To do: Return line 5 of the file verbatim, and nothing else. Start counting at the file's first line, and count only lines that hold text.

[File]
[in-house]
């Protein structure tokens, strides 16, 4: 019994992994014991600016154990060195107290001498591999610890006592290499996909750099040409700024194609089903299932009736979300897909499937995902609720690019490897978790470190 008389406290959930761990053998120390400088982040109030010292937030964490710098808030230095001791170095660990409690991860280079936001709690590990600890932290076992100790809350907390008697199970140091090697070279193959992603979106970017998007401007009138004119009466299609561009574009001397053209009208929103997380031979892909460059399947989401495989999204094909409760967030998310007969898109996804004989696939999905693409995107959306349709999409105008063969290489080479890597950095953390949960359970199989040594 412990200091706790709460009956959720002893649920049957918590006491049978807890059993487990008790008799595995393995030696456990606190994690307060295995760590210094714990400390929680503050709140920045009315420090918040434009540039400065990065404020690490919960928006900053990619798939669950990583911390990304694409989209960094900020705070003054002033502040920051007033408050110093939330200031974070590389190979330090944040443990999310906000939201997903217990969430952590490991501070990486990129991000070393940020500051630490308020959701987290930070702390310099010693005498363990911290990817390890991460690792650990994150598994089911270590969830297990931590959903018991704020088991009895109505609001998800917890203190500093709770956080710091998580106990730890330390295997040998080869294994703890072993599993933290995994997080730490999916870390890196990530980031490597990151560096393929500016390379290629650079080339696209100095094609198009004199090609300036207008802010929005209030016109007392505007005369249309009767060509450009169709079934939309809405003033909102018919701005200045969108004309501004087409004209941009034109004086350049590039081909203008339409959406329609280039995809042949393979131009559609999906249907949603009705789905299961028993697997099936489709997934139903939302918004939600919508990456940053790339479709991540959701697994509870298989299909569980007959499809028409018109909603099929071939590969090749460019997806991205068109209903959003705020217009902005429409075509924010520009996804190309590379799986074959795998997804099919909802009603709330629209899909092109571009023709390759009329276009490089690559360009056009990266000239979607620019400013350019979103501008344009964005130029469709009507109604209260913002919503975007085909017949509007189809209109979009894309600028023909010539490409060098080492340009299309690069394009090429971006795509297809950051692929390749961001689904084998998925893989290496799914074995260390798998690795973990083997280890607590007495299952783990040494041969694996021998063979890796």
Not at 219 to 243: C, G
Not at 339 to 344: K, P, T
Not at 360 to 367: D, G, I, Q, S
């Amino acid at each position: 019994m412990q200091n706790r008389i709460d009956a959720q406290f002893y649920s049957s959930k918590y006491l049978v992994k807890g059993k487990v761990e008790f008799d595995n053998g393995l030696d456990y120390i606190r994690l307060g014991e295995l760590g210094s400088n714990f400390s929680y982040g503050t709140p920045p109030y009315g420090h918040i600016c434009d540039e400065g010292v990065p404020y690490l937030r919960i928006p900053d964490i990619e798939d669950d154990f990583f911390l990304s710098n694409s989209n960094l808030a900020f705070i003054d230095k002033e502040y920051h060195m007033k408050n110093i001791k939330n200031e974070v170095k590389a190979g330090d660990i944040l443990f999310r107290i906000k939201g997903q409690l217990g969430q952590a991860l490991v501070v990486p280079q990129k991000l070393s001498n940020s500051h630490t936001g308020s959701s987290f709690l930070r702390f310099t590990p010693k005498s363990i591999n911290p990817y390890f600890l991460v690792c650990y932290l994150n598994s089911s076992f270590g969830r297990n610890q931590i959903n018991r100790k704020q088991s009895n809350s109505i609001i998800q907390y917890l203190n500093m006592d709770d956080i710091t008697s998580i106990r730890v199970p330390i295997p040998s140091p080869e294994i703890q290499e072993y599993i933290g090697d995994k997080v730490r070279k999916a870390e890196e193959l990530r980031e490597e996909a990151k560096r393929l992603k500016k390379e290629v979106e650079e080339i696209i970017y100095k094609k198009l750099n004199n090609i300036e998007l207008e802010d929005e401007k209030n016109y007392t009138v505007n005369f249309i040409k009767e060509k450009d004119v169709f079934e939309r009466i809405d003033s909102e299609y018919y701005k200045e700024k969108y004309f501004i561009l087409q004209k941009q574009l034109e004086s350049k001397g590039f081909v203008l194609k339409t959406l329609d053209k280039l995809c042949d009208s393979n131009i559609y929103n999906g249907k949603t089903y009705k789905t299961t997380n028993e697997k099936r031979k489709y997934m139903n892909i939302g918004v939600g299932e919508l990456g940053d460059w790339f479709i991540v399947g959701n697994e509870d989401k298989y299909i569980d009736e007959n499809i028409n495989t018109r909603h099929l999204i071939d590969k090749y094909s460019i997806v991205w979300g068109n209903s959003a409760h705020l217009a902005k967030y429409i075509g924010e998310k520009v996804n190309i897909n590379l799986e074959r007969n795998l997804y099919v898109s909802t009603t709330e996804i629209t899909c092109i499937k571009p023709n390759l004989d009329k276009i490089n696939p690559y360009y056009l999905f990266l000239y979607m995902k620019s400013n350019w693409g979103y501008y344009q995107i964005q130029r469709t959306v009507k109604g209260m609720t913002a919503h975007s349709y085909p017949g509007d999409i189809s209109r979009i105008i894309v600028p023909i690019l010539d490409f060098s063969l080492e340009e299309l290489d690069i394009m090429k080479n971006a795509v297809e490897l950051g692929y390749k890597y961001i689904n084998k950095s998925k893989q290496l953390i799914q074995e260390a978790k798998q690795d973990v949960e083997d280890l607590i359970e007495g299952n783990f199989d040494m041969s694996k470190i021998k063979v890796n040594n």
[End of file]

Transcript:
Not at 360 to 367: D, G, I, Q, S